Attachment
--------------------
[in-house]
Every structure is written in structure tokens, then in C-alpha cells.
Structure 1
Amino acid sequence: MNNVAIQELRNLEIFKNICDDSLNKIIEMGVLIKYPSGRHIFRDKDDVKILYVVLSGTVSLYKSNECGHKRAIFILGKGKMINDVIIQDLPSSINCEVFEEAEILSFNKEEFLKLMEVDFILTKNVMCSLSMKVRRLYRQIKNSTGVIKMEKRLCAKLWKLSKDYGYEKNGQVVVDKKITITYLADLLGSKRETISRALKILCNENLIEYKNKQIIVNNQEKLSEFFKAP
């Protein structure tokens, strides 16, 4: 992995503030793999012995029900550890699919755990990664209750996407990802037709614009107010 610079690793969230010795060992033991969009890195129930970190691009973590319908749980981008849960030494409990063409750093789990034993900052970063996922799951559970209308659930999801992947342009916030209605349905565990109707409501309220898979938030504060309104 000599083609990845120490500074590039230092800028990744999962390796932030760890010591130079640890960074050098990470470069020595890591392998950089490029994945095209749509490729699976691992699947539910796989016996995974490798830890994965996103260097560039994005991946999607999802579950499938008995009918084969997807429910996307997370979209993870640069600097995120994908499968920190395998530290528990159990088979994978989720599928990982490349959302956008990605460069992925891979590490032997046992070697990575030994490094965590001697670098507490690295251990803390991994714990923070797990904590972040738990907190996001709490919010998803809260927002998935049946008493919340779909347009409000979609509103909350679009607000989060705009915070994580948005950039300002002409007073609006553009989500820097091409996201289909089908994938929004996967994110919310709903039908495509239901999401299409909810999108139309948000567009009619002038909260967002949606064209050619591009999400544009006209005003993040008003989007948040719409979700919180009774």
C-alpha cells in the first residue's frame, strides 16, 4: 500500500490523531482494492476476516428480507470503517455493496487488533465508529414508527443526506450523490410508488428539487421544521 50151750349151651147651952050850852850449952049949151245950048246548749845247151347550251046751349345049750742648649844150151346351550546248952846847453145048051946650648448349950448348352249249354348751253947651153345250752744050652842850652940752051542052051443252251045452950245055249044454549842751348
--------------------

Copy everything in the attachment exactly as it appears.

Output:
[in-house]
Every structure is written in structure tokens, then in C-alpha cells.
Structure 1
Amino acid sequence: MNNVAIQELRNLEIFKNICDDSLNKIIEMGVLIKYPSGRHIFRDKDDVKILYVVLSGTVSLYKSNECGHKRAIFILGKGKMINDVIIQDLPSSINCEVFEEAEILSFNKEEFLKLMEVDFILTKNVMCSLSMKVRRLYRQIKNSTGVIKMEKRLCAKLWKLSKDYGYEKNGQVVVDKKITITYLADLLGSKRETISRALKILCNENLIEYKNKQIIVNNQEKLSEFFKAP
């Protein structure tokens, strides 16, 4: 992995503030793999012995029900550890699919755990990664209750996407990802037709614009107010 610079690793969230010795060992033991969009890195129930970190691009973590319908749980981008849960030494409990063409750093789990034993900052970063996922799951559970209308659930999801992947342009916030209605349905565990109707409501309220898979938030504060309104 000599083609990845120490500074590039230092800028990744999962390796932030760890010591130079640890960074050098990470470069020595890591392998950089490029994945095209749509490729699976691992699947539910796989016996995974490798830890994965996103260097560039994005991946999607999802579950499938008995009918084969997807429910996307997370979209993870640069600097995120994908499968920190395998530290528990159990088979994978989720599928990982490349959302956008990605460069992925891979590490032997046992070697990575030994490094965590001697670098507490690295251990803390991994714990923070797990904590972040738990907190996001709490919010998803809260927002998935049946008493919340779909347009409000979609509103909350679009607000989060705009915070994580948005950039300002002409007073609006553009989500820097091409996201289909089908994938929004996967994110919310709903039908495509239901999401299409909810999108139309948000567009009619002038909260967002949606064209050619591009999400544009006209005003993040008003989007948040719409979700919180009774």
C-alpha cells in the first residue's frame, strides 16, 4: 500500500490523531482494492476476516428480507470503517455493496487488533465508529414508527443526506450523490410508488428539487421544521 50151750349151651147651952050850852850449952049949151245950048246548749845247151347550251046751349345049750742648649844150151346351550546248952846847453145048051946650648448349950448348352249249354348751253947651153345250752744050652842850652940752051542052051443252251045452950245055249044454549842751348